Third Reich. The command of the operation was assigned to the commander of the 11 airborne corps, General Kurt Student. The plan envisaged the seizure of airfields by a separate airborne assault regiment and the 7 th aviation division (15 total thousands of fighters), followed by the transfer of the 22 th airmobile division there, which was distinguished, despite the high losses during the seizure of Holland. Well trained, battle-hardened parachutists were the elite of the German armed forces.
Due to the shortage of aviation gasoline, the operation scheduled for May 16 was postponed for four days. In addition, the 22 Division this time was not doing their job - protecting the oil fields of Romania. And they did not have time to transfer it to Greece. Therefore, for the operation, Student was given everything they found: three regiments of the 5 Mountain Division, a reinforced regiment of the 6 Mountain Division (the rest of the division was in reserve), 700 of the machine gunners-motorcyclists of the 5 Panzer Division, sappers, anti-company companies - 14 thousand bayonets. They, like heavy weapons, had to be delivered to the place of transport aircraft and naval convoys, for which the Greeks seized 63 small vessels. The cover of the convoys laid on the Italian Navy. The operation was provided by three regiments of special-purpose military transport aviation. Air support was provided by the 8 th Luftwaffe air corps consisting of 280 bombers, 150 dive bombers and 150 fighters.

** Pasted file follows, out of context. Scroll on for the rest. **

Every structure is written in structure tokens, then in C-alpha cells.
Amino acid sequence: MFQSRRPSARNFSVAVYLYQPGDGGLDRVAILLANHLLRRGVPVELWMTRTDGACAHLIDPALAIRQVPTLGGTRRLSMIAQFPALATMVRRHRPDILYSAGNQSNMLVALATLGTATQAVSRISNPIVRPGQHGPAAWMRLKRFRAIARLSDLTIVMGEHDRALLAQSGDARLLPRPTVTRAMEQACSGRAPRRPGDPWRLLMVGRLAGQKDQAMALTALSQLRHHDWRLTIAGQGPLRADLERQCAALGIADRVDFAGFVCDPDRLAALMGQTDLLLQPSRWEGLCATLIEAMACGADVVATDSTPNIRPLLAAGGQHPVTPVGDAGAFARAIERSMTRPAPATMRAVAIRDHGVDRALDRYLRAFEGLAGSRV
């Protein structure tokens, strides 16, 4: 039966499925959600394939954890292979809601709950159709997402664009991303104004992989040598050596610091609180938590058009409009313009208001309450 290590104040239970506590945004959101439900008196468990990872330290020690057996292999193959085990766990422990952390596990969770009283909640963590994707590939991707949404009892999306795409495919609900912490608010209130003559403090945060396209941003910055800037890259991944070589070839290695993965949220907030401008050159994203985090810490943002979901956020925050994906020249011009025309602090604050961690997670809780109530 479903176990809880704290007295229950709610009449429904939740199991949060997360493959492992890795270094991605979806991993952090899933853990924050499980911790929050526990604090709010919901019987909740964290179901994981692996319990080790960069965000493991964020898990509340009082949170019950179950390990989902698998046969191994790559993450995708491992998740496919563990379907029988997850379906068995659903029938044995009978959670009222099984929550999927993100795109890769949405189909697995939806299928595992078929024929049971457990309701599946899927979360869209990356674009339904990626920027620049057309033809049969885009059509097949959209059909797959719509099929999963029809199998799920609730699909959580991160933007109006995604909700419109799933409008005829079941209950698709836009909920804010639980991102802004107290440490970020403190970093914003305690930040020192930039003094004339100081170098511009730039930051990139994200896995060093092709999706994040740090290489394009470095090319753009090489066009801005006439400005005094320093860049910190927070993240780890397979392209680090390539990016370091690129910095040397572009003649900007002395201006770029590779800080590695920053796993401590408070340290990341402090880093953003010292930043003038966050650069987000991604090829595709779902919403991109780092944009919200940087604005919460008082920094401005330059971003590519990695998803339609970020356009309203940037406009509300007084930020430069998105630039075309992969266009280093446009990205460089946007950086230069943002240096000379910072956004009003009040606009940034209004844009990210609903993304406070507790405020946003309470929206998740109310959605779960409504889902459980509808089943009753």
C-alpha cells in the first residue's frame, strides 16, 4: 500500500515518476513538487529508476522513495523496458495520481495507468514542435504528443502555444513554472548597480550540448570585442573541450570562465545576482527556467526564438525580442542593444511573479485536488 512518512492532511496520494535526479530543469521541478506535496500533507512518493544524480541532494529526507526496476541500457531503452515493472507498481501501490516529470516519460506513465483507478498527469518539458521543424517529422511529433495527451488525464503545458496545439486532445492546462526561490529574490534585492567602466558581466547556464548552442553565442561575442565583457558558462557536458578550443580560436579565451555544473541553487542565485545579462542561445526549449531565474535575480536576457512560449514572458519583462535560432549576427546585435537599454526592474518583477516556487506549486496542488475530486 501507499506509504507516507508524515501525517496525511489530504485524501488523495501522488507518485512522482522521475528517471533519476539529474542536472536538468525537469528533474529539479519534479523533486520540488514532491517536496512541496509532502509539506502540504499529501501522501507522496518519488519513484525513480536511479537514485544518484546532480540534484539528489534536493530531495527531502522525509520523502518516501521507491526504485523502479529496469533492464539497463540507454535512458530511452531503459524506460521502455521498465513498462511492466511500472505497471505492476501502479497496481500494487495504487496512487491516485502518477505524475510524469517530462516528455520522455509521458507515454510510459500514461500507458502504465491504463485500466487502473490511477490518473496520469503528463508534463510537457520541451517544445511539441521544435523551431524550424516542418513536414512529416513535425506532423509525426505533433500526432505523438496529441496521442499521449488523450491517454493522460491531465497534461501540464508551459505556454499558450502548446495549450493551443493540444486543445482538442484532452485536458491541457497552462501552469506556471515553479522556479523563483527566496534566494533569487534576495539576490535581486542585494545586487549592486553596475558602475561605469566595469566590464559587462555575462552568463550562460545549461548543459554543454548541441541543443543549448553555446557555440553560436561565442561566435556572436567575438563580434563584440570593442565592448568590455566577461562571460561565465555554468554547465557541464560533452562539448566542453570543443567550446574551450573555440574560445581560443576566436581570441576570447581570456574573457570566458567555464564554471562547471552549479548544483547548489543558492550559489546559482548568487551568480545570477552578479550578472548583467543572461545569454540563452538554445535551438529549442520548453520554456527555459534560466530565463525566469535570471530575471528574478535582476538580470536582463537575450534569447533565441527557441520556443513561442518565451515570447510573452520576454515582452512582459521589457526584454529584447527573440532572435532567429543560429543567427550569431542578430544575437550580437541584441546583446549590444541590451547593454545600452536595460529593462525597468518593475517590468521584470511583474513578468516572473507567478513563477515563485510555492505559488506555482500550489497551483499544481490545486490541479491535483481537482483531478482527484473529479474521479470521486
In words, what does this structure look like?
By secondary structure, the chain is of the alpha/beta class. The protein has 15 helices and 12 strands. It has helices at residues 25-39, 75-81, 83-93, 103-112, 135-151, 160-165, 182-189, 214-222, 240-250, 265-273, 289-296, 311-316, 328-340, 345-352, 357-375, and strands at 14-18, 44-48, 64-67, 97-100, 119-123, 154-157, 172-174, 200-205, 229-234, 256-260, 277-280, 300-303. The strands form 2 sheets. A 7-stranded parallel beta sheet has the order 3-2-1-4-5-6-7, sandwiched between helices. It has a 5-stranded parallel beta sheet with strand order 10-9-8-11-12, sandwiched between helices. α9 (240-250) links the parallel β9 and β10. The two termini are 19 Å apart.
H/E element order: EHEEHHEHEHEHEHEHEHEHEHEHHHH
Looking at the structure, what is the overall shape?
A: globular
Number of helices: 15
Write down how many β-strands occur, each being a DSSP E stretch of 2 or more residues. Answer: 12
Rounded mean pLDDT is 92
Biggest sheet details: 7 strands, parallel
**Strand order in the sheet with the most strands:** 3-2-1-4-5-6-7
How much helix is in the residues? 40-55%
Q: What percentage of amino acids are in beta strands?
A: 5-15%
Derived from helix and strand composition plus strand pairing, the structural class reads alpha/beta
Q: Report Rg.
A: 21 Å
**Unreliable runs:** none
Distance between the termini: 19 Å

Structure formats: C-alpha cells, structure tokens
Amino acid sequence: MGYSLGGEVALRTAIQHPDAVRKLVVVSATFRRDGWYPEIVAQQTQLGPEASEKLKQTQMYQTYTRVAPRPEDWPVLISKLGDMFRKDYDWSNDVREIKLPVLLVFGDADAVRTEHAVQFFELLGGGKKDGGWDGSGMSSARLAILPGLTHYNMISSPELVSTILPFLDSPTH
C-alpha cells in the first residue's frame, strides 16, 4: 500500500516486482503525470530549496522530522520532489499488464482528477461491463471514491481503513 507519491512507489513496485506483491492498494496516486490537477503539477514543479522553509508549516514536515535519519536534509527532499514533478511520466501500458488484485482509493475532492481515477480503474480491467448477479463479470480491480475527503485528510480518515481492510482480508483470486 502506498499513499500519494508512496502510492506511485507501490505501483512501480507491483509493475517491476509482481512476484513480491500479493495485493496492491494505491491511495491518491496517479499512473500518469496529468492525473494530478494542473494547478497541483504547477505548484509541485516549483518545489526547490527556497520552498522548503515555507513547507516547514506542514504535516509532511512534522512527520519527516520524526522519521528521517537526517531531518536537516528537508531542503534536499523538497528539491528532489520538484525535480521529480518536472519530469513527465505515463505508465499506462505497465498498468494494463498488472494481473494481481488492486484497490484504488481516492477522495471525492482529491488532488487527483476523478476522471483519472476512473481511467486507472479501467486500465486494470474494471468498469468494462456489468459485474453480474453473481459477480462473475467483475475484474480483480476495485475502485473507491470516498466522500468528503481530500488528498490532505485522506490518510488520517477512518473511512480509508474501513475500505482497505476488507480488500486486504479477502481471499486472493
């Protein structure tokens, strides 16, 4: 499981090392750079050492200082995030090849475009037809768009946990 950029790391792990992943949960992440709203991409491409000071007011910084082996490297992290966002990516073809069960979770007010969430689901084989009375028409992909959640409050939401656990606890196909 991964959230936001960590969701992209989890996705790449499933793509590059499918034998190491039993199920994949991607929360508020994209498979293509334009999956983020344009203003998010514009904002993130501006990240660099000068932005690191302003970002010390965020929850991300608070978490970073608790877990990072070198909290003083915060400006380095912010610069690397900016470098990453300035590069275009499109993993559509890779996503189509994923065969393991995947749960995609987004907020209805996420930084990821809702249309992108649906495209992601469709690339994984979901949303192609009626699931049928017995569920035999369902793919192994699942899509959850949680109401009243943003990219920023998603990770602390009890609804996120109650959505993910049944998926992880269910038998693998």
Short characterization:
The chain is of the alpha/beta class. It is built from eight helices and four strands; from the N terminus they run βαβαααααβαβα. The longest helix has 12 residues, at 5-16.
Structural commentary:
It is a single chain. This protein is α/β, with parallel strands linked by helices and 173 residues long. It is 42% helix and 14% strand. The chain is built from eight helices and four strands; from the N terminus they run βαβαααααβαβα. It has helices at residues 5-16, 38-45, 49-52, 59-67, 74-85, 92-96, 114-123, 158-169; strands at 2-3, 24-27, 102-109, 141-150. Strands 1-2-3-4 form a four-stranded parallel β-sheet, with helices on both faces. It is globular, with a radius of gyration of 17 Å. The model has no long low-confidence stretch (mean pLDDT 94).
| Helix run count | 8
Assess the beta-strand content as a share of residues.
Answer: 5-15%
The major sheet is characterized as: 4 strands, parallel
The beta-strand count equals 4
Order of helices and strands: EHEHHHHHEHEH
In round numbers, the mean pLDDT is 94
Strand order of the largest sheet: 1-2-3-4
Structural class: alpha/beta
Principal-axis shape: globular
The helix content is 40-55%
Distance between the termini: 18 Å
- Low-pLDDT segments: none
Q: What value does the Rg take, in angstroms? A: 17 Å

Thus, the landing was planned to be landed by gliders, thrown out with parachutes, landed from transport aircraft on the airfields already captured and landed from ships.
From the beginning of May, German aviation began regular raids to weaken the defense of the island, bombed convoys with weapons, equipment and supplies for Crete. As a result, the Germans practically blocked the sea route by mid-May. Of the 27 thousand tons of military cargo, only 3 thousand tons reached the place. In addition, German aviation practically knocked out the British aviation component on the island (40 aircraft). The surviving several British aircraft were sent to Egypt the day before the assault, otherwise they were doomed. The island was left without air cover, which greatly weakened the Greek-British forces. Thus, the Germans received complete air superiority. The Luftwaffe aircraft constantly bombed the alleged positions of British troops, but the camouflage of the units stationed on the island was so good that they suffered only minor losses.
Commander 11 Airborne Corps Kurt Student
Britain and Greece. 30 April 1941 was appointed Major General Bernard Freiberg as commander of the Allied forces in Crete. Under his leadership there were more than 40 thousands of Greek, British, Australian, New Zealand soldiers and several thousand local militias. Total about 50 thousand people.
The Greeks fought with the remnants of 12, 20 divisions, 5 of the Cretan division, Crete gendarmerie battalion, Heraklion garrison (number to battalion), cadets of military academies, training regiments and other scattered units. The number of Greek troops was 11-12 thousand people. British forces in Crete consisted of the island’s garrison (14 thousand people) and units of the British expeditionary force evacuated from Greece, numbering up to 15 thousand people. The core of these troops was the 2-I New Zealand Division (7500 people), the 19-I Australian Brigade (6500 people) and the 14-I British infantry brigade. There were also selected units — the battalion of the Leicester Regiment and the 700 of the Scottish mountain riflemen.